When you are operating your own advisory firm, your clients work with you because of who you are personally. You no longer wear the brand of a global institution. You have a significantly smaller reach and network. No one in the market knows you unless you have a personal dealing with them. The strength and extent of these networks are often smaller and weaker than what you think they are.
Assembling an M&A deal takes more than just execution. Beyond financial models and info memos, there are "hidden" work streams involving years of investing into relationships. Most clients will not deal with directly with you or pay you at a commensurate level working for a large financial institution. For them, the credibility and the branding of engaging with an internationally recognised firm is what they paid for.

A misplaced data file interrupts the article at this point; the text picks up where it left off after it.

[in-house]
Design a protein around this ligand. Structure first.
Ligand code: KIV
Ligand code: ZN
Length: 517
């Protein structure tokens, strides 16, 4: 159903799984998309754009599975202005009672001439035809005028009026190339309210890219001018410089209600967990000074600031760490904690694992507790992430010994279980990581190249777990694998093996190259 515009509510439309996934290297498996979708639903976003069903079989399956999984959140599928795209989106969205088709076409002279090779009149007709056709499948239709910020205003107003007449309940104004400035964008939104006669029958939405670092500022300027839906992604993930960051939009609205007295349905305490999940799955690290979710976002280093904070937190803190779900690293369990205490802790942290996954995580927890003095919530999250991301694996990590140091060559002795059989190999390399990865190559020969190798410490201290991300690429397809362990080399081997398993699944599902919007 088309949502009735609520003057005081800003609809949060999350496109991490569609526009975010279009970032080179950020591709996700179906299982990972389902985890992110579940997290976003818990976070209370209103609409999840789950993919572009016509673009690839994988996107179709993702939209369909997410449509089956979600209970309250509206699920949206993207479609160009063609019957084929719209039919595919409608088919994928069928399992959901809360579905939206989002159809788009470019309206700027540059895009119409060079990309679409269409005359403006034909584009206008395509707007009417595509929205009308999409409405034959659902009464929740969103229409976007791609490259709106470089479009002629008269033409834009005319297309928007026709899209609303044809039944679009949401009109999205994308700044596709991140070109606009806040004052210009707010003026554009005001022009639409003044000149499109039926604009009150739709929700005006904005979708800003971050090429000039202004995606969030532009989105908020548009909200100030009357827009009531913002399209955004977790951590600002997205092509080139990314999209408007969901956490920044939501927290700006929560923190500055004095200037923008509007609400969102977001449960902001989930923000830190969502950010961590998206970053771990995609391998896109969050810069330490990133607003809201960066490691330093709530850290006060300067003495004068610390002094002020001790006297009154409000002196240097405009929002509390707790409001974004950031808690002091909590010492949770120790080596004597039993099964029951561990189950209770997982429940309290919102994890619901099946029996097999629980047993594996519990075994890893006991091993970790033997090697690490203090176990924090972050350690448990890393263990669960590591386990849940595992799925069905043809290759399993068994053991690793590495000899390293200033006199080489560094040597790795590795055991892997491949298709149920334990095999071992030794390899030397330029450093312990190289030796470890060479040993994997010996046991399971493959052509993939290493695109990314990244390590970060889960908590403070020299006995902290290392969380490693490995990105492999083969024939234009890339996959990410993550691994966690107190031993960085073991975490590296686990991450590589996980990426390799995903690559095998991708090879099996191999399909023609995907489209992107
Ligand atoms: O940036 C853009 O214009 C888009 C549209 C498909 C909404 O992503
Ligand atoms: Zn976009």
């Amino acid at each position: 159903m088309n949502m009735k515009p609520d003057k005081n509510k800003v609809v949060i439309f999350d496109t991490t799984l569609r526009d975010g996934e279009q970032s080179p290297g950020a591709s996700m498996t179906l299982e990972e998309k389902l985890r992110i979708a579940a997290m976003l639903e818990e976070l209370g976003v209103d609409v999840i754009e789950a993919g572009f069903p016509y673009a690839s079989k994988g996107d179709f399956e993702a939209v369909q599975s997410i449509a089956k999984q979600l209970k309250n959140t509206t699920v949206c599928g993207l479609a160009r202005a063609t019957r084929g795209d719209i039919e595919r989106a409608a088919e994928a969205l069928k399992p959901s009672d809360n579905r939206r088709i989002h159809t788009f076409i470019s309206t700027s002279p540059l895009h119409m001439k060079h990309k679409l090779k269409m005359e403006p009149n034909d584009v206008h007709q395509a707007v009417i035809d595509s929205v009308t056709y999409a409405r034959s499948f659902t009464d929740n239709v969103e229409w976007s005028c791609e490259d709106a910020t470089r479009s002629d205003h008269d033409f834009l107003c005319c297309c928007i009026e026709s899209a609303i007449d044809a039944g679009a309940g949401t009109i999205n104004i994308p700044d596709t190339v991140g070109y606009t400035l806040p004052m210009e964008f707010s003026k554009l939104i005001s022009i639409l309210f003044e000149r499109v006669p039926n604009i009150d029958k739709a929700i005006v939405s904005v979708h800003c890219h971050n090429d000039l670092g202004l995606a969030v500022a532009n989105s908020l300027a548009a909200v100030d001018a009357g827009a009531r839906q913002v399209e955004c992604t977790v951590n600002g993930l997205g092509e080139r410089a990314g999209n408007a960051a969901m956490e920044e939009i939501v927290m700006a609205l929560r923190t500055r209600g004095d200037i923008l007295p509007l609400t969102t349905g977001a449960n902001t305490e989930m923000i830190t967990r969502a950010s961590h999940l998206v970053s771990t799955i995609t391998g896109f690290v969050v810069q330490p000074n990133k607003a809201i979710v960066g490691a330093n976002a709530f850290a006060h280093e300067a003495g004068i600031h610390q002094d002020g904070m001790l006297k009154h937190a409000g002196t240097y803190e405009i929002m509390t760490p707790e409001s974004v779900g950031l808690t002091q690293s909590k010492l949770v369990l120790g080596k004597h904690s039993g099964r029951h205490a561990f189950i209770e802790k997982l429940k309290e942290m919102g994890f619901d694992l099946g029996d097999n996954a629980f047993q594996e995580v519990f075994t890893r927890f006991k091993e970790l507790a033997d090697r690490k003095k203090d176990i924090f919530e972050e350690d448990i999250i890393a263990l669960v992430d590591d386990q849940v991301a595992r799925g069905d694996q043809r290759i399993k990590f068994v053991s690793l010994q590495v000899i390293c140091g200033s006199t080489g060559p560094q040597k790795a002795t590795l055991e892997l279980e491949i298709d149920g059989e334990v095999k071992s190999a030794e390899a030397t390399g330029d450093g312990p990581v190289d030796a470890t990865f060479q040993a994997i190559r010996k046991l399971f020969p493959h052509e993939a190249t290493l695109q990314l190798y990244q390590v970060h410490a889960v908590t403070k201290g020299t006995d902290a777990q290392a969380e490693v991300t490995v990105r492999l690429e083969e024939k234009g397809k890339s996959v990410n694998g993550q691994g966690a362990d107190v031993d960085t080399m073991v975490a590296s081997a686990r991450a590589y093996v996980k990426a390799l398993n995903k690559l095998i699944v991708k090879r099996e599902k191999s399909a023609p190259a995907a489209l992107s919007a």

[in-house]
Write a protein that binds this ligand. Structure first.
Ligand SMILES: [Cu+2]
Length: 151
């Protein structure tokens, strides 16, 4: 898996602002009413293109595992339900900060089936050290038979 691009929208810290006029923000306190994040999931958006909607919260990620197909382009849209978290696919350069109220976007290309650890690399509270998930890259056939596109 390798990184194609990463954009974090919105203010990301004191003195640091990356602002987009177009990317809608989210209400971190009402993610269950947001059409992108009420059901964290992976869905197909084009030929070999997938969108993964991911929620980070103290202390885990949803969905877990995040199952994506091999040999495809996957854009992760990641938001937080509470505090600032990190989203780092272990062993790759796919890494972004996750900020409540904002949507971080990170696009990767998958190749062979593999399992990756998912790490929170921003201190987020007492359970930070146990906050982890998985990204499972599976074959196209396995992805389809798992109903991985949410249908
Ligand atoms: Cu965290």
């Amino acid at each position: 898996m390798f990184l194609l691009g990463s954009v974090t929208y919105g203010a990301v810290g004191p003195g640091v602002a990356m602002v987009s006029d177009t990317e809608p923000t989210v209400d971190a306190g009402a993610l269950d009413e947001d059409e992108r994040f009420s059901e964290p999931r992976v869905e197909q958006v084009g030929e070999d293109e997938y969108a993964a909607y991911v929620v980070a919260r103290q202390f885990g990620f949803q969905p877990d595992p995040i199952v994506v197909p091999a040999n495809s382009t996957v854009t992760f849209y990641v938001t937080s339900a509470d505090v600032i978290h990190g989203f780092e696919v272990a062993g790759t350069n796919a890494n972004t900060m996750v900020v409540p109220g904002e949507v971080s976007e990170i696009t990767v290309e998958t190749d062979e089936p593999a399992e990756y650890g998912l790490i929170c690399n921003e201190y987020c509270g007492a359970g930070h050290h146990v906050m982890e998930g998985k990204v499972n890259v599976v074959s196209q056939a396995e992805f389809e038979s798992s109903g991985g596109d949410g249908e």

So if you think that you did a lot of work in executing that M&A deal and deserve more credit than the organization employing you, think again - you probably would not be able to pull it off without leveraging on the global network and brand that is on your name card.
Adding it all up, it looks like the net result between staying as an employee and starting a new business, making profits and then eventually selling it for a buttload of cash could ultimately be the same. Perhaps one key difference there is that: While you can almost certainly live as an employee with a fixed income for most part of your life, there is no guarantee you can exit your business profitably as an entrepreneur.
That being said, the life skills you acquire from being a business owner is starkly different from an employee.